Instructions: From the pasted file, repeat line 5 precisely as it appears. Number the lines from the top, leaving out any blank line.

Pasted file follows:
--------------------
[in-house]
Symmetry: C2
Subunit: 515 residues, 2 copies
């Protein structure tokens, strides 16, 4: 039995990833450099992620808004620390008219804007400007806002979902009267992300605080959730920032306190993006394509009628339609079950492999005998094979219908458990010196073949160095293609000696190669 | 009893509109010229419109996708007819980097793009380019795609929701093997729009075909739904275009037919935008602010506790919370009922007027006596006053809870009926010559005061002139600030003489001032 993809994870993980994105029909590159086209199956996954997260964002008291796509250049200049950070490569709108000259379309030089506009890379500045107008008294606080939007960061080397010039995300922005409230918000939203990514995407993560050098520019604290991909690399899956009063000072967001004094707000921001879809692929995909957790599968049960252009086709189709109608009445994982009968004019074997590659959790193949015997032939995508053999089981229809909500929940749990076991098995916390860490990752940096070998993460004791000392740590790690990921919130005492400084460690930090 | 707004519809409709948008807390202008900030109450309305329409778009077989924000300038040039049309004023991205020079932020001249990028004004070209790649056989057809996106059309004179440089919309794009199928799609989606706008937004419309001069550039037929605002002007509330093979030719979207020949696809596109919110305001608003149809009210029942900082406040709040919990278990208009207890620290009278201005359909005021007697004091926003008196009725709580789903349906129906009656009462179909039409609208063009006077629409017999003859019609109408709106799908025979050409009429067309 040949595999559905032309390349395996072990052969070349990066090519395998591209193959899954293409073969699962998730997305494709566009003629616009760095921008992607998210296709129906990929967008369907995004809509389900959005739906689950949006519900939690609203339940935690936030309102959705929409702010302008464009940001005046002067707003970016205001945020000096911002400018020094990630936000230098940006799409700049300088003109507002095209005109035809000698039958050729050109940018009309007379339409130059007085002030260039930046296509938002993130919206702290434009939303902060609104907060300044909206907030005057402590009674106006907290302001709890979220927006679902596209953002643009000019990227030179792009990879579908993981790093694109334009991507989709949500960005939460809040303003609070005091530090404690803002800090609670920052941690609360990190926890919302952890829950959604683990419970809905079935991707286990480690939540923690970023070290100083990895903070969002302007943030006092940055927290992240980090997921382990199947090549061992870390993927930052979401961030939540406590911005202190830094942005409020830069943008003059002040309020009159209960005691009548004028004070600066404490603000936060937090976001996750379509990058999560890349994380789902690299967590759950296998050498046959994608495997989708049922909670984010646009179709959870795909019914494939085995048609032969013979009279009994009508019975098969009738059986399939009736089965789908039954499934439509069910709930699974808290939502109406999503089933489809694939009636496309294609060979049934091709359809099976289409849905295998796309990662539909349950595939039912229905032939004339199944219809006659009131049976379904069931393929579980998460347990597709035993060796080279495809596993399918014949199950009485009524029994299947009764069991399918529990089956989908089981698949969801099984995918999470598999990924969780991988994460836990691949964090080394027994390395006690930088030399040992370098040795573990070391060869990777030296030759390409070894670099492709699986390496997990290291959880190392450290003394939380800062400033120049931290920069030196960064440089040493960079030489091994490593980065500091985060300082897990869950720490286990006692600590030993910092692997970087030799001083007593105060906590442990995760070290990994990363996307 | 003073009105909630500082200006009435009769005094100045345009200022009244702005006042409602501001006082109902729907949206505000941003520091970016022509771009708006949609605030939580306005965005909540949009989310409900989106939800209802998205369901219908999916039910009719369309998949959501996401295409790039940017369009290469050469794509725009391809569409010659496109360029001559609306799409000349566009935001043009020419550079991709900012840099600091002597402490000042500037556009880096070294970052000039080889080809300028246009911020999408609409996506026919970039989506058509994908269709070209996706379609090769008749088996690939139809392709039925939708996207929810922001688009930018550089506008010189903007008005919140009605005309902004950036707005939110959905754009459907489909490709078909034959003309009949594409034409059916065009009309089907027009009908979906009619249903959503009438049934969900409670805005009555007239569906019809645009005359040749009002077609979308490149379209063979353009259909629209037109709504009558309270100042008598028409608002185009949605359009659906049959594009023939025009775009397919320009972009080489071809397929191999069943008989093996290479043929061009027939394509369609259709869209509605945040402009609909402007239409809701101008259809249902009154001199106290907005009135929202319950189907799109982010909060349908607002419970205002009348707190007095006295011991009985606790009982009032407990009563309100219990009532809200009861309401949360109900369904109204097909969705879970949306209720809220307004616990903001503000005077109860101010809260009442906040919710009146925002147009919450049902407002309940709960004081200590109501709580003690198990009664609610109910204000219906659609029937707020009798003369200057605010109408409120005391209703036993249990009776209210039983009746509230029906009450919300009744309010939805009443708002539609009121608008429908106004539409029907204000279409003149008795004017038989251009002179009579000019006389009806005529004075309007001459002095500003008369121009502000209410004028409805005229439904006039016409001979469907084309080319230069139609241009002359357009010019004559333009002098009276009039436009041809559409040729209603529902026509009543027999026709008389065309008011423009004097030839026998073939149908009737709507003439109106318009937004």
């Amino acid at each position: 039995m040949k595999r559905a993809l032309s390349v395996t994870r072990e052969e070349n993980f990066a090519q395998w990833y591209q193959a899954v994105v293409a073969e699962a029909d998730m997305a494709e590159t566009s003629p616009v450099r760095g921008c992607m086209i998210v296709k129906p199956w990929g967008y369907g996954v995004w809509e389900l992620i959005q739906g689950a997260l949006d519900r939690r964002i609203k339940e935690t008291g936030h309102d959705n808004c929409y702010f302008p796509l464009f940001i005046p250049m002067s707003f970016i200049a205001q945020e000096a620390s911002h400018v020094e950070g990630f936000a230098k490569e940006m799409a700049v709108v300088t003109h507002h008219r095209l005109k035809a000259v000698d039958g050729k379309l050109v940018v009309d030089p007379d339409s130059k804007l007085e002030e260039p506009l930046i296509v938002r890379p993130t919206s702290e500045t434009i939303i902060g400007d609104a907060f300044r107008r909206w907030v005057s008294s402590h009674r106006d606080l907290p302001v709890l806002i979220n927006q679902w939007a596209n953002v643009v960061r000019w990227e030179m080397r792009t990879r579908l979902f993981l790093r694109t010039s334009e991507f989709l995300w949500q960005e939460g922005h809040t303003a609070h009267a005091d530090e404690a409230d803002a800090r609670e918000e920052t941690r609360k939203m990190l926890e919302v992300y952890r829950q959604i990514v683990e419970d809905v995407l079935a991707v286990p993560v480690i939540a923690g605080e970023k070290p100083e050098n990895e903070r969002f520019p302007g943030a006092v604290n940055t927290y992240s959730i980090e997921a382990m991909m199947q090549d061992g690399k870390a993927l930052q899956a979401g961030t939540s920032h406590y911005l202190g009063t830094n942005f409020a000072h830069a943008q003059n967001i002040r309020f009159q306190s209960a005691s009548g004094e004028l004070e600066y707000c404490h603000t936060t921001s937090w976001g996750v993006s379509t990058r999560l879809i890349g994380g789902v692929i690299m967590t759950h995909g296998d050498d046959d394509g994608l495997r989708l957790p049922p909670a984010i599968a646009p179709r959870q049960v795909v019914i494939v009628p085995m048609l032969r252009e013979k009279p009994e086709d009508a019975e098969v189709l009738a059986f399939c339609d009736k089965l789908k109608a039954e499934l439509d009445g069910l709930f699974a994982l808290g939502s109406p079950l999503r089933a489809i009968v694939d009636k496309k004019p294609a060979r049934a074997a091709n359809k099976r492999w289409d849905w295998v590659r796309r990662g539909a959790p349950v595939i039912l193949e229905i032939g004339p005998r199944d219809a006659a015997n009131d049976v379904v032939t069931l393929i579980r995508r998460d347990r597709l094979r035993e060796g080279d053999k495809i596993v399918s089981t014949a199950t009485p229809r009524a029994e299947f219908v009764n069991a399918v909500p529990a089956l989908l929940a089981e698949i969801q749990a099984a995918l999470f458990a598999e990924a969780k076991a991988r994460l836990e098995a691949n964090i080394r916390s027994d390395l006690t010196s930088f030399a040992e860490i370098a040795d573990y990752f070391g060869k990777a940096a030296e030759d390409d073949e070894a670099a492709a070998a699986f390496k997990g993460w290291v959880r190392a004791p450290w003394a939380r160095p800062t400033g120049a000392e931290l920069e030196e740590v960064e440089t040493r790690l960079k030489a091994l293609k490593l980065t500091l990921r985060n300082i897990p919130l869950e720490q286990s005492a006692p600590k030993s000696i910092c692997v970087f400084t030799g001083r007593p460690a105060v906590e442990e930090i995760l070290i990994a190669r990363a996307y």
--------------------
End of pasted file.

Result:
């Amino acid at each position: 039995m040949k595999r559905a993809l032309s390349v395996t994870r072990e052969e070349n993980f990066a090519q395998w990833y591209q193959a899954v994105v293409a073969e699962a029909d998730m997305a494709e590159t566009s003629p616009v450099r760095g921008c992607m086209i998210v296709k129906p199956w990929g967008y369907g996954v995004w809509e389900l992620i959005q739906g689950a997260l949006d519900r939690r964002i609203k339940e935690t008291g936030h309102d959705n808004c929409y702010f302008p796509l464009f940001i005046p250049m002067s707003f970016i200049a205001q945020e000096a620390s911002h400018v020094e950070g990630f936000a230098k490569e940006m799409a700049v709108v300088t003109h507002h008219r095209l005109k035809a000259v000698d039958g050729k379309l050109v940018v009309d030089p007379d339409s130059k804007l007085e002030e260039p506009l930046i296509v938002r890379p993130t919206s702290e500045t434009i939303i902060g400007d609104a907060f300044r107008r909206w907030v005057s008294s402590h009674r106006d606080l907290p302001v709890l806002i979220n927006q679902w939007a596209n953002v643009v960061r000019w990227e030179m080397r792009t990879r579908l979902f993981l790093r694109t010039s334009e991507f989709l995300w949500q960005e939460g922005h809040t303003a609070h009267a005091d530090e404690a409230d803002a800090r609670e918000e920052t941690r609360k939203m990190l926890e919302v992300y952890r829950q959604i990514v683990e419970d809905v995407l079935a991707v286990p993560v480690i939540a923690g605080e970023k070290p100083e050098n990895e903070r969002f520019p302007g943030a006092v604290n940055t927290y992240s959730i980090e997921a382990m991909m199947q090549d061992g690399k870390a993927l930052q899956a979401g961030t939540s920032h406590y911005l202190g009063t830094n942005f409020a000072h830069a943008q003059n967001i002040r309020f009159q306190s209960a005691s009548g004094e004028l004070e600066y707000c404490h603000t936060t921001s937090w976001g996750v993006s379509t990058r999560l879809i890349g994380g789902v692929i690299m967590t759950h995909g296998d050498d046959d394509g994608l495997r989708l957790p049922p909670a984010i599968a646009p179709r959870q049960v795909v019914i494939v009628p085995m048609l032969r252009e013979k009279p009994e086709d009508a019975e098969v189709l009738a059986f399939c339609d009736k089965l789908k109608a039954e499934l439509d009445g069910l709930f699974a994982l808290g939502s109406p079950l999503r089933a489809i009968v694939d009636k496309k004019p294609a060979r049934a074997a091709n359809k099976r492999w289409d849905w295998v590659r796309r990662g539909a959790p349950v595939i039912l193949e229905i032939g004339p005998r199944d219809a006659a015997n009131d049976v379904v032939t069931l393929i579980r995508r998460d347990r597709l094979r035993e060796g080279d053999k495809i596993v399918s089981t014949a199950t009485p229809r009524a029994e299947f219908v009764n069991a399918v909500p529990a089956l989908l929940a089981e698949i969801q749990a099984a995918l999470f458990a598999e990924a969780k076991a991988r994460l836990e098995a691949n964090i080394r916390s027994d390395l006690t010196s930088f030399a040992e860490i370098a040795d573990y990752f070391g060869k990777a940096a030296e030759d390409d073949e070894a670099a492709a070998a699986f390496k997990g993460w290291v959880r190392a004791p450290w003394a939380r160095p800062t400033g120049a000392e931290l920069e030196e740590v960064e440089t040493r790690l960079k030489a091994l293609k490593l980065t500091l990921r985060n300082i897990p919130l869950e720490q286990s005492a006692p600590k030993s000696i910092c692997v970087f400084t030799g001083r007593p460690a105060v906590e442990e930090i995760l070290i990994a190669r990363a996307y």